COROT and the Hunt for Rocky Worlds

by Paul Gilster on October 27, 2006

The COROT mission, to be launched in December, promises to move us to the next level of planetary detection. Devoted to studying exoplanet transits, in which a planet crosses the face of its star as seen from Earth, the space telescope will probably detect numerous ‘hot Jupiters.’ But an even more interesting possibility is rocky worlds in close orbit around their stars. And the thinking is that planets only a few times larger than Earth — and perhaps even smaller than that — will be within its reach.

Any star with a transiting planet will provide a telltale drop in light that, depending on the size of the planet and the distance of the star, may be measurable. But COROT (the acronym stands for Convection Rotation and planetary Transits) is most sensitive to rocky worlds in orbits of 50 days or less. If that sounds dismaying in terms of habitability, consider that a planet in such an orbit around a dim red dwarf could be located ideally within the star’s habitable zone. And red dwarfs comprise on the order of 70 percent of the stars in the Milky Way (excluding brown dwarfs).

Also under study is the intriguing field of asteroseismology. As sound waves ripple across a star’s surface, they produce variations in its light that help us understand the internal conditions of the star. Asteroseismology sounds exotic, but it’s already well established in the study of our own Sun. The Solar and Heliospheric Observatory (SOHO) has fine-tuned the method. Now COROT will target at least fifty stars for specific study in its examination of stellar evolution.

Launch is scheduled for the end of the year at the Soyuz-Fregat launcher at Baikonur, Kazakhstan. As we get COROT into space and anticipate the Kepler launch in October of 2008, it’s heartening to consider how far we’ve come. The earliest planetary detections were short period worlds; i.e., planets that completed their orbits in mere days. They’re easier to detect because they produce the strongest data signature, but long-period planets are a much harder catch.

Nonetheless, teams have been observing numerous stars in an attempt to build up enough data to detect such worlds, and the results are beginning to come in. That has opened up the study of multiple planets in systems already known to have one, and it begins to flesh out our picture of how planetary systems diverge. Moving into the era of small, rocky worlds has big implications as we hunt out possible havens for life. The bet here is that red dwarfs are going to prove fertile hunting grounds for planets of the right distance, size and composition. But finding an Earth-sized world around a Sun-like star remains the ultimate prize.

{ 8 comments }

Adam October 28, 2006 at 6:03

Hi Paul

My bet is that the hab-zones of red dwarfs will have Mars-Mercury mass planets and Earth mass planets will be frigid wastes – great potential for terraforming, but otherwise uninhabitable.

But exoplanets have surprised us from their very first discovery around a pulsar…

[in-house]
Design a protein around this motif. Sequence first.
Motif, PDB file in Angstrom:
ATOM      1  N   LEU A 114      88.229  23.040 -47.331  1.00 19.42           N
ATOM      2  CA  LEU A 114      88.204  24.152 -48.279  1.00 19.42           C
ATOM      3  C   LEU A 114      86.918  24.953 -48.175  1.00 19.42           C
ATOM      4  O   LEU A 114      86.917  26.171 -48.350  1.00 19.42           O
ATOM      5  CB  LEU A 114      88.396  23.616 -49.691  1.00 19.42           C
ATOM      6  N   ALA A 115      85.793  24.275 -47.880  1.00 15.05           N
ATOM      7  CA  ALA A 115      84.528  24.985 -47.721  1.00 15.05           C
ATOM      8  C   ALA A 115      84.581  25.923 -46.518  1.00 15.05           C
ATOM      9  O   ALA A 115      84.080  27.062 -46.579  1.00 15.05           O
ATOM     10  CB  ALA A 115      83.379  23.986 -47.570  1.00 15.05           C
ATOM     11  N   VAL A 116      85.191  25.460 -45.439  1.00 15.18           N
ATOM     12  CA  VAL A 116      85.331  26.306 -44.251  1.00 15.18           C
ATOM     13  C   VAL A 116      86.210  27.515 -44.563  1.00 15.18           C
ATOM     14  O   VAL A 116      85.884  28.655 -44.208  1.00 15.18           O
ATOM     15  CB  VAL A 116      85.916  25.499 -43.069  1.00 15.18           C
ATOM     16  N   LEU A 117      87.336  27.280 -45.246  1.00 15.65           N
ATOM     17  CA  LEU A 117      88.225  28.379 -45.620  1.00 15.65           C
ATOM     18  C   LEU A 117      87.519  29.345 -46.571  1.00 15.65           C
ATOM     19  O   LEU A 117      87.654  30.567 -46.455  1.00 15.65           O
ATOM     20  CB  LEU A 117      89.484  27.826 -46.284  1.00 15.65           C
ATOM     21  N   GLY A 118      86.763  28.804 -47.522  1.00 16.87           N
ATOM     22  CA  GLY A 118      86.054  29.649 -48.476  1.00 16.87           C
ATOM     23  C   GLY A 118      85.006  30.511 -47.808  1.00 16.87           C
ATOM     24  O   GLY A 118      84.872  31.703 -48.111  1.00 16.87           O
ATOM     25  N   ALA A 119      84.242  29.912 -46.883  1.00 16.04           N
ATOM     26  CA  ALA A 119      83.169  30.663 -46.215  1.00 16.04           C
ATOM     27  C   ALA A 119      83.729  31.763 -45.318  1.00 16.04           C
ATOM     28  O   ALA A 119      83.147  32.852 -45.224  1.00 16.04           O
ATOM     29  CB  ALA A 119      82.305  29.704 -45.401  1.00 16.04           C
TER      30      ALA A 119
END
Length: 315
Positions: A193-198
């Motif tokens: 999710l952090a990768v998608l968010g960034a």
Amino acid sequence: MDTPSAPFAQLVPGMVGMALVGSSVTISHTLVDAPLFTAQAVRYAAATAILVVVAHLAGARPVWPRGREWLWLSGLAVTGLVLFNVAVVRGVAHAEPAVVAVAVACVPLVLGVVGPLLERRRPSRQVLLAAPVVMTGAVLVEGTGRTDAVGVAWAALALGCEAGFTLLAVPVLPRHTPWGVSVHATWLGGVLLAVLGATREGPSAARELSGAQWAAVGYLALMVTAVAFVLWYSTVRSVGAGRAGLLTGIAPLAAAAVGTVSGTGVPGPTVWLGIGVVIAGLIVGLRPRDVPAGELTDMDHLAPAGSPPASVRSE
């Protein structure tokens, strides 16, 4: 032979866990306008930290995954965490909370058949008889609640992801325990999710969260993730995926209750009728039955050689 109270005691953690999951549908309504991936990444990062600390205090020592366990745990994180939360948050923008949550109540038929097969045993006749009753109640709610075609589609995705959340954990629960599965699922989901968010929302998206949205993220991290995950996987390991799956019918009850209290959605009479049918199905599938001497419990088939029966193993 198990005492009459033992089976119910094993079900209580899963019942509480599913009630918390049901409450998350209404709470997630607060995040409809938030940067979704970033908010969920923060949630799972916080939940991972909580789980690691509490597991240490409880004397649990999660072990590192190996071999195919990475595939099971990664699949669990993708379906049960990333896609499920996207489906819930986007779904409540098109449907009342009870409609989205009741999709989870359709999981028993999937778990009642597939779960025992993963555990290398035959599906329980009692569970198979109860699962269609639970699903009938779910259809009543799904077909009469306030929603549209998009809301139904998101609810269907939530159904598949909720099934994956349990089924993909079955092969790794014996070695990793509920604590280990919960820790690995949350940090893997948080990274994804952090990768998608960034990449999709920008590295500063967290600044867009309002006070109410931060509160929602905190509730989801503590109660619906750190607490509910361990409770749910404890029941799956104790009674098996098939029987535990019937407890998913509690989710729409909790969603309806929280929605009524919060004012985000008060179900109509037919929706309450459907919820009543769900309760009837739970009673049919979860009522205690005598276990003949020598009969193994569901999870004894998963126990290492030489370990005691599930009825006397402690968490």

Administrator October 28, 2006 at 10:31

That’s pretty much my take as well, and I think it gibes with current thinking, but what do you bet we get some transit findings that throw conventional wisdom out the window?

Edg Duveyoung October 28, 2006 at 12:49

There’s no end to what imagination can dignify with a fine draping in possibilities.

How about: after 13 billion years of existence, the primary habitat for intelligence in the universe is inside hollowed out brown dwarfs which — any second now — our instruments will be able to “see” and may find that they’re as numerous and as diversely commanded as yachts in Miami, and just as full of party-time sentients — only in this case, each dwarf will harbor billions of them from a million cultures borne across the eons.

Be some introduction to the universe for us, eh? Be like the lights were turned on suddenly and one finds oneself in the middle of an orgy — of information.

Mostly, we face invisible thresholds now. They’re like black holes — might not see them until they see you!

Edg

andy October 28, 2006 at 14:40

There are a few papers out there which suggest planets such as Gliese 876 d and the “hot Neptunes” around other red dwarfs could be gigantic ocean planets with a liquid water layer above an ice mantle and silicate core. Whether a high-gravity, high-temperature ocean world qualifies as “habitable” is another matter.

In addition, current theoretical models have quite a lot of trouble forming Jupiter-mass planets (e.g. the planets around Gliese 876 and Gliese 849) around red dwarfs, so I think ruling out the formation of Earth-mass planets in the HZ of red dwarfs is premature at this stage.

Adam October 28, 2006 at 19:14

Hi andy and Paul

Terran planets in the right place and of the right mass will be rare around red dwarfs – like Jovians – but not totally ruled out of court either. As for “hollowed out” brown dwarfs… can’t happen. Perhaps you mean Dyson shells made from brown dwarf masses?

Adam

Edg Duveyoung October 29, 2006 at 8:04

Yeah, Dyson shells, that’s the ticket. But why limit the concept? Can’t we imagine engineers figuring out how to “hollow” a brown dwarf?

The universe is old enough for “traveling worlds” to have been invented or individual teleportation of some sort.

They’re all angels I tell ya.

Edg

Adam October 29, 2006 at 9:58

Hi Edg

Star-mining is a venerable concept and certainly a Shell could be made from a brown dwarf, perhaps forming the ‘ultimate’ lifeform, a Matrioshka Brain.

Adam

Eric James October 30, 2006 at 17:56

I vote that the first rocky earthsize world discovered outside our solar system be named “Sparky” after Charles Schultz.

“I got a rock.” said Charlie Brown…

Comments on this entry are closed.